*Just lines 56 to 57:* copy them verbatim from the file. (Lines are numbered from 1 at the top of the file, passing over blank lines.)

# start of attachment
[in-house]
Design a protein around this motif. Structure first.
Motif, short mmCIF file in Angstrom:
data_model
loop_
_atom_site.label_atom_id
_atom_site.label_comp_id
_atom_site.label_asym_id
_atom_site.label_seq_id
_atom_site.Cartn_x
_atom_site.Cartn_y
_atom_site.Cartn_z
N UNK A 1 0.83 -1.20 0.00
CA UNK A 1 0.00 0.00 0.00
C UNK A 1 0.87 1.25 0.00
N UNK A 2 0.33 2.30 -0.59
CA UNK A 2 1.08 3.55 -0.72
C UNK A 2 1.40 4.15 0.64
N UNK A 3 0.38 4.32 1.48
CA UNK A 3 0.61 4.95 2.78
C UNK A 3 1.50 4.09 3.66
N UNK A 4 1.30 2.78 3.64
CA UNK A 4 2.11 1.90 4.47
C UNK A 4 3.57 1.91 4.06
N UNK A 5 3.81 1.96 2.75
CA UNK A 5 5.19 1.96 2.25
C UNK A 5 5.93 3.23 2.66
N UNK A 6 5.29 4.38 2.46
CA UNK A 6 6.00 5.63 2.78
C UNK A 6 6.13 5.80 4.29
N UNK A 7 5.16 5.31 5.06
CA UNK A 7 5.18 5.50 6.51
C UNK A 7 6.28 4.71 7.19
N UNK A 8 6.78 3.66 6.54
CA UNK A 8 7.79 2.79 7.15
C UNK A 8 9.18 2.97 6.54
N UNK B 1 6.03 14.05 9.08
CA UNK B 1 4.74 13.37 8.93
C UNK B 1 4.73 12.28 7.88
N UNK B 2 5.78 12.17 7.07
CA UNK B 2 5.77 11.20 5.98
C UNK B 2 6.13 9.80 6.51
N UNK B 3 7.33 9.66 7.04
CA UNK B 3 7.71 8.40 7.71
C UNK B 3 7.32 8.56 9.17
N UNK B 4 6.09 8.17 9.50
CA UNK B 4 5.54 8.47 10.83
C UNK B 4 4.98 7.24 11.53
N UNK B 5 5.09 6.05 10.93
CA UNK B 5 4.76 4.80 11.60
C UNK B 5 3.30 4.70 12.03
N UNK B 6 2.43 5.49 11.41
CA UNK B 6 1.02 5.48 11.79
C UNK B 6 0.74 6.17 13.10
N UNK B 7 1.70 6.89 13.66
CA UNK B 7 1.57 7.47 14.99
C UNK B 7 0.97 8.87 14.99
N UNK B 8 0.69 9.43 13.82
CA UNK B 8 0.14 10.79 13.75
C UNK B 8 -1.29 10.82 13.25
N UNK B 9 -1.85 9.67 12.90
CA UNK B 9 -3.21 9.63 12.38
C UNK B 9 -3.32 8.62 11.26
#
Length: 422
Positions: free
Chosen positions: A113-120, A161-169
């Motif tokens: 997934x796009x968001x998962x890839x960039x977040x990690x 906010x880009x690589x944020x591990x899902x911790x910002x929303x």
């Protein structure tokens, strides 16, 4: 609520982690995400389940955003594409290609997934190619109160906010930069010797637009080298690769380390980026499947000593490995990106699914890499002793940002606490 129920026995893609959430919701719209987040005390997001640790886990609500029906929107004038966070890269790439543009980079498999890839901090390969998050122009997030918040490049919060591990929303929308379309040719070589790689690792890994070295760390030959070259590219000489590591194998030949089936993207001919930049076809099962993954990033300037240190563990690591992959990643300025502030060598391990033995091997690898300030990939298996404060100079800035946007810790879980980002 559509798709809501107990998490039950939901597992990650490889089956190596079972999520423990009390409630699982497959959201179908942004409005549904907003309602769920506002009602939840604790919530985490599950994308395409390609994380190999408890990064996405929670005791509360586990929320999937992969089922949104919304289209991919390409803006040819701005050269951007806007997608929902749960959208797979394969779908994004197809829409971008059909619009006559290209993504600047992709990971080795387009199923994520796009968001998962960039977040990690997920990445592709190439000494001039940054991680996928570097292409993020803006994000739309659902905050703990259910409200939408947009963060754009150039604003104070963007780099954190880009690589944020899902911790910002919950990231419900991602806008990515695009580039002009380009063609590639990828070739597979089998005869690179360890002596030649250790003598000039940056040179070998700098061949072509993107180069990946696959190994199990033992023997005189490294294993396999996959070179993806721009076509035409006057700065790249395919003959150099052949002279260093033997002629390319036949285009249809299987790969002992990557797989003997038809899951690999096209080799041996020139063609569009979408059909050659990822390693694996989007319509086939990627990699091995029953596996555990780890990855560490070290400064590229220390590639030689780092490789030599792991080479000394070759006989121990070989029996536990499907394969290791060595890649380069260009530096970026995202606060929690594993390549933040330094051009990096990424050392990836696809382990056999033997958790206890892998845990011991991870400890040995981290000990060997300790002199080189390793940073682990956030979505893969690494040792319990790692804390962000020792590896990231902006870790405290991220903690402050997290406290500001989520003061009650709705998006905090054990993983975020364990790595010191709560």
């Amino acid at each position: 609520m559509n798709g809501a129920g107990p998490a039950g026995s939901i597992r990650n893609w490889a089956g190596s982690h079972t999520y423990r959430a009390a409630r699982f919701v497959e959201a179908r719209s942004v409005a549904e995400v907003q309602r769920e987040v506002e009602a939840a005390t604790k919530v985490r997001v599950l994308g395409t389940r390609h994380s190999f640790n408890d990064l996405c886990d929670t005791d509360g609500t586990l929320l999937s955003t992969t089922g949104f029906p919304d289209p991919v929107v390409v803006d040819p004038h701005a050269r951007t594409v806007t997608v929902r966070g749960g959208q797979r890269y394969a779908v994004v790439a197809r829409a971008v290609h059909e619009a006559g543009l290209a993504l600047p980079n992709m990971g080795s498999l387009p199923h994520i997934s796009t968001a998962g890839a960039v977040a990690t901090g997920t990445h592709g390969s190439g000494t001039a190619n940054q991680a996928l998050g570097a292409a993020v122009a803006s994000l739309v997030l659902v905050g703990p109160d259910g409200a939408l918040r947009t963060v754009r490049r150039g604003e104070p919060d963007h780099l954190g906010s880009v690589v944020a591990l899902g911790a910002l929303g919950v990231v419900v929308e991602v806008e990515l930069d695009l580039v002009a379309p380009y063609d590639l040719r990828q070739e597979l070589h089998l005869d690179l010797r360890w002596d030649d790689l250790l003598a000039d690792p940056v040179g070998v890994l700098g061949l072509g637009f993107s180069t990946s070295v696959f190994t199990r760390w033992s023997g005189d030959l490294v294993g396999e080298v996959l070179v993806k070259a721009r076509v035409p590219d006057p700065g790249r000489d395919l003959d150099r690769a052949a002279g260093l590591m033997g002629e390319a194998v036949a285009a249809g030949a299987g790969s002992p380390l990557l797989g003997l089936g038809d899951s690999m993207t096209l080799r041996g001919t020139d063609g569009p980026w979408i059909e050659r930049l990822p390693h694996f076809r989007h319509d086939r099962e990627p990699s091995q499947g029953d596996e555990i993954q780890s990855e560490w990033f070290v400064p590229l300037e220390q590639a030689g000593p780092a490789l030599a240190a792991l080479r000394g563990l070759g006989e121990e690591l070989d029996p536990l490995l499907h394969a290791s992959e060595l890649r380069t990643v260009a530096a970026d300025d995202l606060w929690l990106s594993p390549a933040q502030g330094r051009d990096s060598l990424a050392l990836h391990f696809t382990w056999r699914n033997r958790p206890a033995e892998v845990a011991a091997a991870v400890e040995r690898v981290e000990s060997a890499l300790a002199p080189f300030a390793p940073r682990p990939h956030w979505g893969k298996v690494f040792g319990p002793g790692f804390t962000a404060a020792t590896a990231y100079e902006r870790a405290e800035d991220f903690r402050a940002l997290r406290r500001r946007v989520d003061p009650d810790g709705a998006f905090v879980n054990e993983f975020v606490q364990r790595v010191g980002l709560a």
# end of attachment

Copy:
CA UNK B 7 1.57 7.47 14.99
C UNK B 7 0.97 8.87 14.99